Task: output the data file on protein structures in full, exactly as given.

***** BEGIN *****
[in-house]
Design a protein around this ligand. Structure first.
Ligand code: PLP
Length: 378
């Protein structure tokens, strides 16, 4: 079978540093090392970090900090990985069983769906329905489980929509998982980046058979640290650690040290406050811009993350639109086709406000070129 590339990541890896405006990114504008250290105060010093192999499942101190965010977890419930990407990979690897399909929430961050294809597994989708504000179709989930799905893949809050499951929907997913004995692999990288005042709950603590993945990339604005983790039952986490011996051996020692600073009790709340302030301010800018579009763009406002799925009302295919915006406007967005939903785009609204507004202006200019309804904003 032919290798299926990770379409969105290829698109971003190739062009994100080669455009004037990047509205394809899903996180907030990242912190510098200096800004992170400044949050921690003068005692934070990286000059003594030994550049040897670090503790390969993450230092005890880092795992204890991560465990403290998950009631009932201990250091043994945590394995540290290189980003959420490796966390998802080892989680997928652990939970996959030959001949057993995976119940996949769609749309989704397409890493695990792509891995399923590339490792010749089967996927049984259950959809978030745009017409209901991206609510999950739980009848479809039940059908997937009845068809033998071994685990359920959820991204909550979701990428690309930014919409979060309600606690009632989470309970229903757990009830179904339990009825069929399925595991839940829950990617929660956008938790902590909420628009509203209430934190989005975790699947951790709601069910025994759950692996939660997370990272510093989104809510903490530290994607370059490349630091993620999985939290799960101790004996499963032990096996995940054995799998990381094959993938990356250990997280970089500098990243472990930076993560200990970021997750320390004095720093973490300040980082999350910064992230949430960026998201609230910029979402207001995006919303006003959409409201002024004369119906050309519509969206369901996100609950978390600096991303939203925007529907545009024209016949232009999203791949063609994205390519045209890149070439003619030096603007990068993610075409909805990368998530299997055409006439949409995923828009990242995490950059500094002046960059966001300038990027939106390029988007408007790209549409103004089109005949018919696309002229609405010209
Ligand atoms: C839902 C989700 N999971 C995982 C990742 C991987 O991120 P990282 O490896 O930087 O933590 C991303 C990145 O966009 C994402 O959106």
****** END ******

[in-house]
Design a protein around this ligand. Structure first.
Ligand code: PLP
Length: 378
């Protein structure tokens, strides 16, 4: 079978540093090392970090900090990985069983769906329905489980929509998982980046058979640290650690040290406050811009993350639109086709406000070129 590339990541890896405006990114504008250290105060010093192999499942101190965010977890419930990407990979690897399909929430961050294809597994989708504000179709989930799905893949809050499951929907997913004995692999990288005042709950603590993945990339604005983790039952986490011996051996020692600073009790709340302030301010800018579009763009406002799925009302295919915006406007967005939903785009609204507004202006200019309804904003 032919290798299926990770379409969105290829698109971003190739062009994100080669455009004037990047509205394809899903996180907030990242912190510098200096800004992170400044949050921690003068005692934070990286000059003594030994550049040897670090503790390969993450230092005890880092795992204890991560465990403290998950009631009932201990250091043994945590394995540290290189980003959420490796966390998802080892989680997928652990939970996959030959001949057993995976119940996949769609749309989704397409890493695990792509891995399923590339490792010749089967996927049984259950959809978030745009017409209901991206609510999950739980009848479809039940059908997937009845068809033998071994685990359920959820991204909550979701990428690309930014919409979060309600606690009632989470309970229903757990009830179904339990009825069929399925595991839940829950990617929660956008938790902590909420628009509203209430934190989005975790699947951790709601069910025994759950692996939660997370990272510093989104809510903490530290994607370059490349630091993620999985939290799960101790004996499963032990096996995940054995799998990381094959993938990356250990997280970089500098990243472990930076993560200990970021997750320390004095720093973490300040980082999350910064992230949430960026998201609230910029979402207001995006919303006003959409409201002024004369119906050309519509969206369901996100609950978390600096991303939203925007529907545009024209016949232009999203791949063609994205390519045209890149070439003619030096603007990068993610075409909805990368998530299997055409006439949409995923828009990242995490950059500094002046960059966001300038990027939106390029988007408007790209549409103004089109005949018919696309002229609405010209
Ligand atoms: C839902 C989700 N999971 C995982 C990742 C991987 O991120 P990282 O490896 O930087 O933590 C991303 C990145 O966009 C994402 O959106």